The researchers stated: ”Exercise is not something to be feared during pregnancy — the moderate levels of exercise used in these studies had significantly positive effects on health and were found to be safe for both mother and baby.”

Exercise during Pregnancy:

It is advised that Pregnant women exercise for 150 minutes per week, generally broken down into 5 x 30-minute sessions. To learn everything you need to know about Exercise during Pregnancy, read here. 

How many extra calories are required during Pregnancy?

Pregnant women need approximately an additional 300 kcal (up to 500kcal if exercising) per day for:

  • Energy required for growth & development of baby
  • For the build up of new maternal tissue – placenta, uterus, breasts
  • The energy required to maintain increased metabolism for both baby & mother, and for extra activities like cardiovascular, respiratory, urinary systems. Energy requirements are greatest between 10-30 weeks.
  • The additional calories should be high in quality. 300 kcal really isn't a huge amount, so be very mindful of how you take them in. Your Prenatal diet should be balanced, with a focus on healthy sources of protein, iron, vitamin C and vegetables. 

Exactly how much weight should I gain?

It depends on what weight you were before you got pregnant in general. (Weight gain guidelines Institute of Medicine, USA 2009)

  • Underweight women (BMI <18.5), gain between 28-40lb
  • Normal weight women (BMI 18.5-24.9), normal gain between 25-35lb
  • Overweight and obese women (BMI 30 or higher), gain between 11-20lb.

Overall, if a mother is healthy and is eating well and exercising, with a normal BMI, she should gain approximately 2 stone. As a rough guideline, this is roughly 1lb per week, after the first trimester, to an average of 25 – 30lb (11-14kg) by the end of pregnancy. Normally women gain nothing, or up to about 4lbs in the first trimester. Remember these are guidelines and at times you'll (baby) will go through a growth spurt so will don't panic if you put on 3lbs one week. Just be sensible in your eating, and go for balanced meals, and healthy snacks.

Where does the weight go?!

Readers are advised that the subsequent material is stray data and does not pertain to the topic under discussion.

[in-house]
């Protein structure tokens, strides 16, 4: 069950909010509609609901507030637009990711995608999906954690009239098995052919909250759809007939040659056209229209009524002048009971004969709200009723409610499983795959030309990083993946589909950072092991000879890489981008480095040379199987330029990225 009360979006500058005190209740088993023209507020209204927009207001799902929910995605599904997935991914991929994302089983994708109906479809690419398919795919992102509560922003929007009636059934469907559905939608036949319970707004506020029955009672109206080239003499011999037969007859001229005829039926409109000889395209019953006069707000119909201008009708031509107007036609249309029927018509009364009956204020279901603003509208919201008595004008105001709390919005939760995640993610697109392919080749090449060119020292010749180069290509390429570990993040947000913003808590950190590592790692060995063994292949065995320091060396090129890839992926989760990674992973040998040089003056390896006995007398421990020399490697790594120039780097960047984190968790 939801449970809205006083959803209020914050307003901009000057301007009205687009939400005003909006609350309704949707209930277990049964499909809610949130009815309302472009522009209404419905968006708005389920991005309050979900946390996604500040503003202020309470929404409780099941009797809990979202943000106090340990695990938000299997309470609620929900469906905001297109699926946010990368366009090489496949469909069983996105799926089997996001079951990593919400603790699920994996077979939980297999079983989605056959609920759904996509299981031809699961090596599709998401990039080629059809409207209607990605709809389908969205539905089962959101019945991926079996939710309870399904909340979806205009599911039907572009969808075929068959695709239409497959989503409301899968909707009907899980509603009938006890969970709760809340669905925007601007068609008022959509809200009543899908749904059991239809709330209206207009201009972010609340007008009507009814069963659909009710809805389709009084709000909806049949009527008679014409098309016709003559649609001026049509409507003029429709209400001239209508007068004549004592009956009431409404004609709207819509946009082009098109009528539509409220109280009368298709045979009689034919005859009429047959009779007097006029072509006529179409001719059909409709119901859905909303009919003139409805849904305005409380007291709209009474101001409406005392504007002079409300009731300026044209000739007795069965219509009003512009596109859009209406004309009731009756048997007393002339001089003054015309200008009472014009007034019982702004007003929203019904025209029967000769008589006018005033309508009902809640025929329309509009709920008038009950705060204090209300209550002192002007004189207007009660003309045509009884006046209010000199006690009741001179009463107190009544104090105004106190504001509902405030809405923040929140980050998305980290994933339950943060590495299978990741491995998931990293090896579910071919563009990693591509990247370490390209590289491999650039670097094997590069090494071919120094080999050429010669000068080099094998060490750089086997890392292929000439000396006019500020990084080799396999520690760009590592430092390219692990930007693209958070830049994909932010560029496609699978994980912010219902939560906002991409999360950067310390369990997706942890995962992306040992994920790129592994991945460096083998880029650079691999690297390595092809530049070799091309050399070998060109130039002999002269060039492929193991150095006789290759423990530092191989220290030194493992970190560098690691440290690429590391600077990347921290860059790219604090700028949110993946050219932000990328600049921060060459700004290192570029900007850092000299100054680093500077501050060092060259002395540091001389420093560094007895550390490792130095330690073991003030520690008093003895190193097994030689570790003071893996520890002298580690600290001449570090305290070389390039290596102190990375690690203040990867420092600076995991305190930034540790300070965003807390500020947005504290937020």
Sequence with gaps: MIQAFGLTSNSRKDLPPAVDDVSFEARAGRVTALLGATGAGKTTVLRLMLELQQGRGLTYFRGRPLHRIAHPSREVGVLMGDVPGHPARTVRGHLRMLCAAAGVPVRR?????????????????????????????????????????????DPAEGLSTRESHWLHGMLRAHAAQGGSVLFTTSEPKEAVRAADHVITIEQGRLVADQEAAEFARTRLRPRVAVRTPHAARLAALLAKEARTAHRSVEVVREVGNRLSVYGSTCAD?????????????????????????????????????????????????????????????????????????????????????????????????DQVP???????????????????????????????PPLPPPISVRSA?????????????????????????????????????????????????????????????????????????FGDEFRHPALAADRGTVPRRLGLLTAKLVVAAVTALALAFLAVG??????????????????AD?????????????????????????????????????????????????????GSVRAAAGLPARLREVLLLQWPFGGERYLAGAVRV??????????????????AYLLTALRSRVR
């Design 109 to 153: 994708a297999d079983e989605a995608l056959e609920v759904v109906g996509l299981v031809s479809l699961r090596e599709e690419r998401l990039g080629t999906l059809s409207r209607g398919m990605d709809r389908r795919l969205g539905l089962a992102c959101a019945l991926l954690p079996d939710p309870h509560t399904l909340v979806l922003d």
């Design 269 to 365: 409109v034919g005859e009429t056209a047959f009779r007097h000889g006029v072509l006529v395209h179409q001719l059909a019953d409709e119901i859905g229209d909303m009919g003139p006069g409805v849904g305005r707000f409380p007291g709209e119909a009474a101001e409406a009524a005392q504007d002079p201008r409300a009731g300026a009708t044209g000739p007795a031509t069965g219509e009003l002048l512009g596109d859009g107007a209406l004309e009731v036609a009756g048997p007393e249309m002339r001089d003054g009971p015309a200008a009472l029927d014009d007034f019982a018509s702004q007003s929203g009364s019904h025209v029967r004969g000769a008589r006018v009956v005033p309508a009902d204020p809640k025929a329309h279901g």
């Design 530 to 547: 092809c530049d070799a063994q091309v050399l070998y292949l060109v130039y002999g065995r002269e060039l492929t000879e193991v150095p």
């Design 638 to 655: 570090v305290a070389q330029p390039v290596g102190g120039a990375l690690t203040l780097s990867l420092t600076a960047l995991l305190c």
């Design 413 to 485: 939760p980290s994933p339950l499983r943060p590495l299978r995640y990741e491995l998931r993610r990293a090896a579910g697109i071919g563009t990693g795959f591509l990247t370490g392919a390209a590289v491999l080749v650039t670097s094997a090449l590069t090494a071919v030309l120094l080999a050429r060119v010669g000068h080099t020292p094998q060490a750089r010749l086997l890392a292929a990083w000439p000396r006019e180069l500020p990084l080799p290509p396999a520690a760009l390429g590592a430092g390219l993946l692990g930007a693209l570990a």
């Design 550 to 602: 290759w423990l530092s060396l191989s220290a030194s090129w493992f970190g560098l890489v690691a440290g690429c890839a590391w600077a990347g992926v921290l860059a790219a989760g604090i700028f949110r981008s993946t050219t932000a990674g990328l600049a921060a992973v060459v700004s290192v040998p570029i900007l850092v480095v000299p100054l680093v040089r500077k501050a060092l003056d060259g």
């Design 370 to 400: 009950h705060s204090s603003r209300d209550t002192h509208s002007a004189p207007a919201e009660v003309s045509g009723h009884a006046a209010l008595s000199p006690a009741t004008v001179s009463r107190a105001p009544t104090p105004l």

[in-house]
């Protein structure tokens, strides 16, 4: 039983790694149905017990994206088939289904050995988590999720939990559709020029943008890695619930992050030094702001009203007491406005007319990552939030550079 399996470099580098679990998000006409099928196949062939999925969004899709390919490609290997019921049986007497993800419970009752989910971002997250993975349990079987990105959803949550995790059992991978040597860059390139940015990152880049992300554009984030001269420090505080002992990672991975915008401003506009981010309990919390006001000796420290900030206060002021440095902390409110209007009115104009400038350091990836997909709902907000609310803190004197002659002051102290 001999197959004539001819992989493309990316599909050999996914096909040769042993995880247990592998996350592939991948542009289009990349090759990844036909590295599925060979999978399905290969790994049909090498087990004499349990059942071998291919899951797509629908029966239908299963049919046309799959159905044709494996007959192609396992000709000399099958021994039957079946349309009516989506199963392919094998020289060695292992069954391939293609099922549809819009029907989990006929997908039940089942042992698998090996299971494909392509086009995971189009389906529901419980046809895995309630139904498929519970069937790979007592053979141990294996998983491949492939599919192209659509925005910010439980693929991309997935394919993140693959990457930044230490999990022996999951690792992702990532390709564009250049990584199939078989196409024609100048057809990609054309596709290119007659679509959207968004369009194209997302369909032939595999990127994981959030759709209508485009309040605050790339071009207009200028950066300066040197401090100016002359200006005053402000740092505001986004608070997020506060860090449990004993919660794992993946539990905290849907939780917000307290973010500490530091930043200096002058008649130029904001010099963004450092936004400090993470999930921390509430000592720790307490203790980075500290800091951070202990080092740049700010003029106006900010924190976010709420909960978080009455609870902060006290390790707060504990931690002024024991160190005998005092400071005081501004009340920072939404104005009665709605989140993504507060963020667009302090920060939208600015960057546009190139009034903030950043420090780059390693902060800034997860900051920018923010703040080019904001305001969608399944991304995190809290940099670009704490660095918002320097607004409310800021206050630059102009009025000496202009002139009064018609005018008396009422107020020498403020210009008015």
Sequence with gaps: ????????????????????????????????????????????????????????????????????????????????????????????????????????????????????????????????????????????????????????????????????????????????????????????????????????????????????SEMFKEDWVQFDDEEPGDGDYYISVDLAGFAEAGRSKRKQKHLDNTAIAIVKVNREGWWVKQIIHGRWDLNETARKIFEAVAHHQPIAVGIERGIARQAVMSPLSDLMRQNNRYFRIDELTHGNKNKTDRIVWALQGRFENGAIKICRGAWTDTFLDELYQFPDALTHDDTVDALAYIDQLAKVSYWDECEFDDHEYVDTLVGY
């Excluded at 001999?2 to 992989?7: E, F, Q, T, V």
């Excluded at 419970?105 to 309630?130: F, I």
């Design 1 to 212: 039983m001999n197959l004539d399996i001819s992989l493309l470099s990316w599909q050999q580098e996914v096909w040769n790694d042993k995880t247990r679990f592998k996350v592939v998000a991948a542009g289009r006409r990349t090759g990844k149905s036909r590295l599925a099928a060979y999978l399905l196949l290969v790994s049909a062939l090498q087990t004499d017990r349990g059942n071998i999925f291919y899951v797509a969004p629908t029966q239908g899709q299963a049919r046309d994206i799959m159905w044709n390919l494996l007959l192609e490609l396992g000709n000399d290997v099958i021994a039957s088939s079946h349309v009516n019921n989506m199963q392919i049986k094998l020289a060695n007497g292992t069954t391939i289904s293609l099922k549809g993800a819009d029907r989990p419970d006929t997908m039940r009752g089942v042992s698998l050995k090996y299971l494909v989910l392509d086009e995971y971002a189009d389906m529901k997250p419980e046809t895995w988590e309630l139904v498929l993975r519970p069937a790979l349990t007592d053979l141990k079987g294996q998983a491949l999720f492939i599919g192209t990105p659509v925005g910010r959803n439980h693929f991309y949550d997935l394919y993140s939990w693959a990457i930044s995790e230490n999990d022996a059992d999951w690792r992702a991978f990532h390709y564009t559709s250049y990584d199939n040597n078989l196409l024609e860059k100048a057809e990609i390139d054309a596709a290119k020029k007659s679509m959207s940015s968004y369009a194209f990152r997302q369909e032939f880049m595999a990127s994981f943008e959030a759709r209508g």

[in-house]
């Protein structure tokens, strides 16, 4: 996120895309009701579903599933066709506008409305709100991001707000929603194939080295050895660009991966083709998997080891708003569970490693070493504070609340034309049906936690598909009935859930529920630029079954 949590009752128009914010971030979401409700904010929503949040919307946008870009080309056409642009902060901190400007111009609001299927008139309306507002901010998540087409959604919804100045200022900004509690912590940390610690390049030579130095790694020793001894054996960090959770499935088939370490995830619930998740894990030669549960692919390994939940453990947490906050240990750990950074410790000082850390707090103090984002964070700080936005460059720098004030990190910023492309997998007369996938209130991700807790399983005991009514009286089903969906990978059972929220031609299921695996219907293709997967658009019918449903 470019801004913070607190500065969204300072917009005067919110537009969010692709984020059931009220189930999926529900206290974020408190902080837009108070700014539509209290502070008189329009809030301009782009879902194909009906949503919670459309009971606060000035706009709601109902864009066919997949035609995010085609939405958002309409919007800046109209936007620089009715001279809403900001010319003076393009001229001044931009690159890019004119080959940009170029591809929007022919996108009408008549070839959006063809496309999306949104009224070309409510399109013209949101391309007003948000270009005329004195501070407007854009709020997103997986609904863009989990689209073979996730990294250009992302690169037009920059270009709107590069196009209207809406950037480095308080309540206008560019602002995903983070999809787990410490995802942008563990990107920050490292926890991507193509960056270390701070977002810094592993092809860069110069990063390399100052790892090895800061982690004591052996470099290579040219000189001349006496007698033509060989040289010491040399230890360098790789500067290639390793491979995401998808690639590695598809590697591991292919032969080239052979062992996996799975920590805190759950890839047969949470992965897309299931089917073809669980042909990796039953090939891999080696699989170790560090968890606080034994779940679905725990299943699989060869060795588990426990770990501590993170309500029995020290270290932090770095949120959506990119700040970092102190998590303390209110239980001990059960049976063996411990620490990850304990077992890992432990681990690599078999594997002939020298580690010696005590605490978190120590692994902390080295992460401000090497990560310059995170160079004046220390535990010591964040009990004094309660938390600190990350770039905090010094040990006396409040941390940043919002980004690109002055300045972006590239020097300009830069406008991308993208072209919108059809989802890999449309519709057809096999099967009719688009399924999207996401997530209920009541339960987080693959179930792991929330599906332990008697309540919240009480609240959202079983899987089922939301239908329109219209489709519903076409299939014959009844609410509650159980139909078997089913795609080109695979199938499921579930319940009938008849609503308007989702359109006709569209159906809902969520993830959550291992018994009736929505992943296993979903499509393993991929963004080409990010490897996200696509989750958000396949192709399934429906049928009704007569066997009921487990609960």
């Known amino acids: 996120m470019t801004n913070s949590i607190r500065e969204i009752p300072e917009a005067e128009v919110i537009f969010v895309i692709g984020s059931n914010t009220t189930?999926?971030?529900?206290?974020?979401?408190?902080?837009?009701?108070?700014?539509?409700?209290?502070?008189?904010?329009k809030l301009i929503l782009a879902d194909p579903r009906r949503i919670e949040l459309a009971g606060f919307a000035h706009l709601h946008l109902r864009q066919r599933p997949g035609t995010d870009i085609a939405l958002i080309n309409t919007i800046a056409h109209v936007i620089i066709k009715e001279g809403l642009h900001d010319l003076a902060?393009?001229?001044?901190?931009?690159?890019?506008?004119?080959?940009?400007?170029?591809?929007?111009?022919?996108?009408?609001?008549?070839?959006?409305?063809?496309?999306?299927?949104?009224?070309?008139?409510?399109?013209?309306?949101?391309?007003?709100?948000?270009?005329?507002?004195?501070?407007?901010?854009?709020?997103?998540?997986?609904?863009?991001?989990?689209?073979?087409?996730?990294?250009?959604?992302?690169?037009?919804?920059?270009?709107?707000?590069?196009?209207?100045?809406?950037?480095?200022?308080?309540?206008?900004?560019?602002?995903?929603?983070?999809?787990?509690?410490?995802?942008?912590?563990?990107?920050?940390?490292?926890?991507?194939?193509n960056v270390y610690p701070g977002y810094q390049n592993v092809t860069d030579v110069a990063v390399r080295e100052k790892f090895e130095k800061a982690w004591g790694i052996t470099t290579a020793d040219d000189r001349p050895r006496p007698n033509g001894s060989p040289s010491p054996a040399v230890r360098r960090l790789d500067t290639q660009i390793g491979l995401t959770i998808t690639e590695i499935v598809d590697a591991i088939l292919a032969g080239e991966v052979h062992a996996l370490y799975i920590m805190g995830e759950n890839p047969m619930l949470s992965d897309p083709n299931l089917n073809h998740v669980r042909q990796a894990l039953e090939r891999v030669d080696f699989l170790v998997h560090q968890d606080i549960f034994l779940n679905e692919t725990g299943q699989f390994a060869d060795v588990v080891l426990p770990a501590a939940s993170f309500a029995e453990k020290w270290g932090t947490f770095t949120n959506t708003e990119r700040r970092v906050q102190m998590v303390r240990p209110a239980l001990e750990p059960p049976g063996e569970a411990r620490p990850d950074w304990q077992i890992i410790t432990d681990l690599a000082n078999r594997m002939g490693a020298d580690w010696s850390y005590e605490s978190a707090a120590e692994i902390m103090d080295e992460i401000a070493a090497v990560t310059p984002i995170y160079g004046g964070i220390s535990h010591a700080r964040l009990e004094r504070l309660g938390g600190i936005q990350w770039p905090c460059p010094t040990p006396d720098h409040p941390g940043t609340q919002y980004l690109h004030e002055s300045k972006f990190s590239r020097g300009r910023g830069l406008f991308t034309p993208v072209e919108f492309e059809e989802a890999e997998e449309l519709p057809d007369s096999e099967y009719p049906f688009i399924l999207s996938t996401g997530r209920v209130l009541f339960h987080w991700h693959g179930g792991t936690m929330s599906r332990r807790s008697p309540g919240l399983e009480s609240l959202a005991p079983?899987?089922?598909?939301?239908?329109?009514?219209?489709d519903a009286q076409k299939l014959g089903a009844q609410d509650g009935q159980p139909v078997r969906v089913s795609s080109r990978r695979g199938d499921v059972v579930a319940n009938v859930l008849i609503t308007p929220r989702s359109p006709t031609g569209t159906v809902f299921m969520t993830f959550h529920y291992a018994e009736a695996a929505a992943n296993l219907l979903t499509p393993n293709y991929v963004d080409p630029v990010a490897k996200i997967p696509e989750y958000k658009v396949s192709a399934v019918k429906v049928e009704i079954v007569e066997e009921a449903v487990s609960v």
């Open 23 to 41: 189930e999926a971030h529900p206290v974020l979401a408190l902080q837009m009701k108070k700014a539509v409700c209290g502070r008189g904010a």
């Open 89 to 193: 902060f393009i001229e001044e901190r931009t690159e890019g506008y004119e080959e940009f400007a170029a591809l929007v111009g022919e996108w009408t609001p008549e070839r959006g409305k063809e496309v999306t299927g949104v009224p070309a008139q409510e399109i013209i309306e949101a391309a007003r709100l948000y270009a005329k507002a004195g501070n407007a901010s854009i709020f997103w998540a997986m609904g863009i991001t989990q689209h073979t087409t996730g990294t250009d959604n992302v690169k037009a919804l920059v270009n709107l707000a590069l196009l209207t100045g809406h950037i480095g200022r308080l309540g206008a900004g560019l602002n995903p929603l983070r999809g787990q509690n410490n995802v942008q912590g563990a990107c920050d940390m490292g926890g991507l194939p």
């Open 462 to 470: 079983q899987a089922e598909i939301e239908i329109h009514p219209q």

Muscle tissue & fluids                 4-7lb

Placenta & amniotic fluid           3-4lb

Uterus                                          2lb

Blood Volume                              3lb

Boobs                                            2-3lb

Fat                                                 5lb

Baby                                             7-8lbs

Always remember, during pregnancy the aim is for a healthy mama and a healthy baby. If you are eating well and exercising all during your pregnancy, your body will put weight on gradually and healthily. This is the safest way to gain weight, and will allow for a steady and healthy weight loss post-pregnancy. 

On that note, I wish you a very healthy and active pregnancy! I now offer an Online Prenatal Yoga course that you can take at any stage of your Pregnancy. There are 5 different sequences available to practice, depending on your needs. So if you want to practice yoga during your pregnancy (which obviously I highly recommend!!) and have me at home with you (you lucky duck;-) ), then click here for my Prenatal Yoga Online Course

If you'd like to find out more about my full Own Your Birth Yoga & Birth Preparation Program, which includes all the yoga from the online course, please click here. 

Helen Plass is a Pre & Postnatal Fitness Specialist, and Yoga Instructor, working with women and their birthing partners to achieve a comfortable, healthy & happy journey into Pregnancy, birth and Motherhood. She is known for her very practical & non-judgmental approach to pregnancy and the crazy times of motherhood. Check out all her communication at NurtureMamas.com, and if you are in Ireland, her local business MumandBaby.ie


* Diabetes Ireland